How Developers Can Work With Generative AI Securely
Four tips to help the SDLC strike a balance between the improved productivity that generative AI brings and the risks it poses to code security.
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If you work in software development, or indeed within any sector of the technology industry, you will have undoubtedly been part of discussions about, read headlines on, or even trialed a platform for generative artificial intelligence (AI). Put simply, this new and quickly evolving technology is everywhere.
Yet along with the exciting promise of greater productivity with AI code generation tools — GitHub argues the increase in developer productivity due to AI could boost global GDP by over $1.5 trillion — there is also increased risk. These risks include concerns around code quality, as AI models can produce complex code that is both difficult to understand and explain.
There is also the risk of complexity around IP ownership, as conversations around the intellectual property rights, ownership, and copyright of AI-generated code are still ongoing. As this technology evolves, guidance will become clearer, but this will take time. Currently, if working with AI-generated code that is trained on open-source software, a failure to adhere to this software's license requirements may well constitute a violation of copyright.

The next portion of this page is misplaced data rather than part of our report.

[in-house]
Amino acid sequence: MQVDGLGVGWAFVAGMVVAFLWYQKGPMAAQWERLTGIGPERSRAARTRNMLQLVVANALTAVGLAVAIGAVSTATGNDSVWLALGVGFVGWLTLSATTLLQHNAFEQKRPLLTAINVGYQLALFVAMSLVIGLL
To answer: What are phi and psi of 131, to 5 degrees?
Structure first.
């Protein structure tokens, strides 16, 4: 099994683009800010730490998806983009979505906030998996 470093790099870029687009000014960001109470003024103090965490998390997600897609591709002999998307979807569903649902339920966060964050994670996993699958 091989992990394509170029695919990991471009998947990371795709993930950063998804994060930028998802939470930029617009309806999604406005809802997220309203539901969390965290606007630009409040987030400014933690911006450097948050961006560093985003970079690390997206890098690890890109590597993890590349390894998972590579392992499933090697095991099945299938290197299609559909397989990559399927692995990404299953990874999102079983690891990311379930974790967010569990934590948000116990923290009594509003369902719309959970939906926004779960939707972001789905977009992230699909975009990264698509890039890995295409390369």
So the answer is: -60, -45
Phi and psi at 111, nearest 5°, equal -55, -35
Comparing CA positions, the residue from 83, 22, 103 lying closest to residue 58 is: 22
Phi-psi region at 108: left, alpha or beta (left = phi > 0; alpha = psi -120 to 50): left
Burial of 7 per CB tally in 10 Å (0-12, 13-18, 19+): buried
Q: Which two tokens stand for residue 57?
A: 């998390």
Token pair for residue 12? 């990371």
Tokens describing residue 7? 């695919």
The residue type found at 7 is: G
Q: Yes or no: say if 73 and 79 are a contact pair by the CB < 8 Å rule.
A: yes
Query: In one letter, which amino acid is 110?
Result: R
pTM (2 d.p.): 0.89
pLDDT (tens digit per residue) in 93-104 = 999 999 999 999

Finally, AI-generated code can contain a number of vulnerabilities, albeit inadvertently. If the AI has been trained on insecure code, for example, it will therefore create insecure code. Simply: garbage in, garbage out.
Putting Security First
So, what can developers do to ensure they can make the most of generative AI without risking security?
- See generative AI as a junior coding partner: Developers should go into working with generative AI coding tools with the expectation of lower quality code that contains vulnerabilities.
- Stay vigilant with AI prompts: Revealing confidential information via an AI prompt is a big privacy risk, and there is currently limited understanding around how services truly handle their customer data.
- Integrate more code reviews: As with traditional coding, code reviews are an important process within the software development lifecycle (SDLC). Reviewing the security and quality of AI-generated code is crucial, as it may seem coherent on the surface but not necessarily correct and secure following testing.
- Embrace continuous training: Considering reviewing and testing AI-generated code is so crucial, it's hugely important for the software developers behind the prompts and the delivery of the end product, app or service, to have a good understanding of secure coding. These professionals need training in how to recognize and address vulnerabilities, and as the threat landscape evolves so rapidly, this training also needs to be delivered on a continuous basis to best empower everyone across the SDLC.
It is certainly possible to strike a balance between the improved productivity that generative AI can enable, and the risks it can pose to code security and quality with these guidelines. However, at the foundation of this balance has to be continuous, programmatic secure coding training for the human developer so that generative AI becomes a useful tool rather than a source of insecure code.
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